But studies by the Red Sox's baseball operations staff have shown that players are at risk for a drop-off in production as they enter their mid-to-late 30s.

The lone exception the Sox were willing to make in this regard came in their decision to grant Jason Varitek a four-year deal after 2004 despite the lack of another bidding team. Varitek, who turned 33 shortly after the start of the 2005 season, was deemed invaluable for his handling of the pitching staff. The general paucity of front-line catchers entered into the equation, too.

Should the Sox lose Lowell, who turns 34 in February, to free agency, they lack an obvious in-house replacement. Although their inventory of minor league prospects has been greatly upgraded by the last three drafts, the Sox don't have a third baseman anywhere near ready to play at the big league level.

Their most likely fallback position would be to switch Kevin Youkilis back to third, his original position, and deal for a first baseman. The thinking: It's easier to find a first baseman than a third baseman.

But such a move would reduce the Sox defensively at two positions in the infield. Youkilis worked to make himself the Gold Glove winner at first this past season, a level he's unlikely to attain at third. Either way, he won't provide the range at third that Lowell did. And none of the potential trade targets at first (Conor Jackson, Dan Johnson) would be the equal of Youkilis at first.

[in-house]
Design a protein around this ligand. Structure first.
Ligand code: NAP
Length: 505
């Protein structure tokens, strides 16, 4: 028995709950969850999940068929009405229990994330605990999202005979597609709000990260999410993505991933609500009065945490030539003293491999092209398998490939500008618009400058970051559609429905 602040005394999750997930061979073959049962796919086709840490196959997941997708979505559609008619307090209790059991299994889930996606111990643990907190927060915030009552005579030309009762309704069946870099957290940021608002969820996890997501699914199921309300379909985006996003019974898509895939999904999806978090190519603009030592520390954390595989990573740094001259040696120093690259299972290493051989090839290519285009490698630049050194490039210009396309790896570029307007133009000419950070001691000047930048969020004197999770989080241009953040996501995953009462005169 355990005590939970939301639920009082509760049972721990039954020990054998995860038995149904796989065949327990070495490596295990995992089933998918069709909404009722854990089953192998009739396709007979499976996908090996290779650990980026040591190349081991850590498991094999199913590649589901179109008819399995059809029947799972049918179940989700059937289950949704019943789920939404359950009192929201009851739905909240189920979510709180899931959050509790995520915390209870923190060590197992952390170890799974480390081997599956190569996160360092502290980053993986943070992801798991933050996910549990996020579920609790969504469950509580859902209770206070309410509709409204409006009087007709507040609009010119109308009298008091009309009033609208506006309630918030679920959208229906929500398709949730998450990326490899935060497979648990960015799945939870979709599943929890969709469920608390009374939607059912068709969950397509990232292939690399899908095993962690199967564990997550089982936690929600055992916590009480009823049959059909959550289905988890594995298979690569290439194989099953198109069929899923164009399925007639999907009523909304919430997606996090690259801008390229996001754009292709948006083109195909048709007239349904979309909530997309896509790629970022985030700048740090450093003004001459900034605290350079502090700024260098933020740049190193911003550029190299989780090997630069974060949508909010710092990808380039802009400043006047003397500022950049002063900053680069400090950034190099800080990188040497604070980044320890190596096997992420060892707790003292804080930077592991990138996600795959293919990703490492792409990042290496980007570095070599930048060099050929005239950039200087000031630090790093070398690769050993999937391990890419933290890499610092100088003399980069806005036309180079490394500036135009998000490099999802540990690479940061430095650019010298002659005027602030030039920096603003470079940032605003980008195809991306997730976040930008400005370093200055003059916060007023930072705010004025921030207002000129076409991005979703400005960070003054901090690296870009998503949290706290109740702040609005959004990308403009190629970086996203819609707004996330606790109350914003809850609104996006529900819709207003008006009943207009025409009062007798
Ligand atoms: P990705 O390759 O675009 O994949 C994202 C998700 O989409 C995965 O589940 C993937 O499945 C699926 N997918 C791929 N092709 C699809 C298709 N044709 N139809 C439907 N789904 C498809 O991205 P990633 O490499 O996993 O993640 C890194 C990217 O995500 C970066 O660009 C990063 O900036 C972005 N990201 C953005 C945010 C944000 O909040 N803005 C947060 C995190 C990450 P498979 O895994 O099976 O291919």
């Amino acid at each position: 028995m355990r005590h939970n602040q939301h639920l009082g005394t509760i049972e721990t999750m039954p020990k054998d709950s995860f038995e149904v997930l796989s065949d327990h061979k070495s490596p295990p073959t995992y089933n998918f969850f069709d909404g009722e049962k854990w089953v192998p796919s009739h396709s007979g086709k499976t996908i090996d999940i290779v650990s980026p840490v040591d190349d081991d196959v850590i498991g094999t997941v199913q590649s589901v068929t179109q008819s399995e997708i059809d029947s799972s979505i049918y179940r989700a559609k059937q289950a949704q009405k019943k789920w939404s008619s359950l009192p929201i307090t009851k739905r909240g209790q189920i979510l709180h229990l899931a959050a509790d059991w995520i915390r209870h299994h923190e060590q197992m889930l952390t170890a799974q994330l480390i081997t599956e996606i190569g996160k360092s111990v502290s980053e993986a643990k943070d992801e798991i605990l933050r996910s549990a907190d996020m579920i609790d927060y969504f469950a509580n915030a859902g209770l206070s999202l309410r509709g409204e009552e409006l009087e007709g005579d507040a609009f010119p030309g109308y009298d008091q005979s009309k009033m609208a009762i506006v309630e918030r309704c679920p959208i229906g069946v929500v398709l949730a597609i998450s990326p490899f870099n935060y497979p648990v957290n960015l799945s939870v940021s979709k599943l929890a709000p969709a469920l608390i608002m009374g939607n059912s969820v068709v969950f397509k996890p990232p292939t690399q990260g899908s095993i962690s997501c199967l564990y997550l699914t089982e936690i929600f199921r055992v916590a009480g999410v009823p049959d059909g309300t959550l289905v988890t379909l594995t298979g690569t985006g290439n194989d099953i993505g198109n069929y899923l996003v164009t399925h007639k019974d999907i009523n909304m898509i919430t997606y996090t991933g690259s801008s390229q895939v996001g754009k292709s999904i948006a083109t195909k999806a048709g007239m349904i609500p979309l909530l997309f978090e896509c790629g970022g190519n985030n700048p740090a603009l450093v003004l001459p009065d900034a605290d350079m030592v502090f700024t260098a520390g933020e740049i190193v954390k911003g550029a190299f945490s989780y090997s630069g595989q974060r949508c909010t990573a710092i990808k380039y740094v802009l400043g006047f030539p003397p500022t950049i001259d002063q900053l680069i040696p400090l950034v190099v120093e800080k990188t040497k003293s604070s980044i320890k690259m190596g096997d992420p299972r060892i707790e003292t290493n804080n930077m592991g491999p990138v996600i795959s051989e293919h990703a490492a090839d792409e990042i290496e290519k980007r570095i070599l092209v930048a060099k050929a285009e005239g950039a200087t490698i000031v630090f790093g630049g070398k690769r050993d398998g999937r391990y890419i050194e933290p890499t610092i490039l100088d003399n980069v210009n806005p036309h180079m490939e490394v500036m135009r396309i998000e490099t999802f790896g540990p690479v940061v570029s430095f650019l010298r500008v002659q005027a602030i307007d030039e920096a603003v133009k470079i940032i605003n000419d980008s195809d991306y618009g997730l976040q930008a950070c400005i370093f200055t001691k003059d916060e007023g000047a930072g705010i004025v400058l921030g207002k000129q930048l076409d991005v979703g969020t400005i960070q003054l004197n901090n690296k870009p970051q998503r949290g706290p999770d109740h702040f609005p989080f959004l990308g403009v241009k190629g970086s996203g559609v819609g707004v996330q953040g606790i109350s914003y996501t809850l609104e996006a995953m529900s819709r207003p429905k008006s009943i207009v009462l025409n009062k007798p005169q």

The Red Sox remain resolute. Better to take a short-term hit in 2008, they believe, than to commit to a deal which will hamper them down the road.

There are other risks involved. Losing Lowell would leave a gaping hole in the fifth spot in the order. Lowell offered more than protection for the dynamic duo last season. When Ortiz battled infirmities and didn't get untracked until the final two months and Ramirez, by his own admission, never clicked at the plate until October, Lowell carried the team for much of the season, leading Boston in RBIs.

Still, the Red Sox remain resolute. Better to take a short-term hit in 2008, they believe, than to commit to a deal which will hamper them down the road. They need only look to Baltimore (Miguel Tejada, Melvin Mora), and yes, the Yankees (Jason Giambi, Mike Mussina) to find teams who fell in love with aging players -- only to see them become expensive anchors, weighing down the payroll and limiting flexibility.

The core of the Sox remains under the organization's control for years to come, and the player development system continues to yield young, inexpensive help (Dustin Pedroia, Jacoby Ellsbury, Clay Buchholz).

And if the Sox have to take a temporary step back in order to reload again? Well, that's been done before, too.

Sean McAdam of The Providence (R.I.) Journal covers baseball for ESPN.com.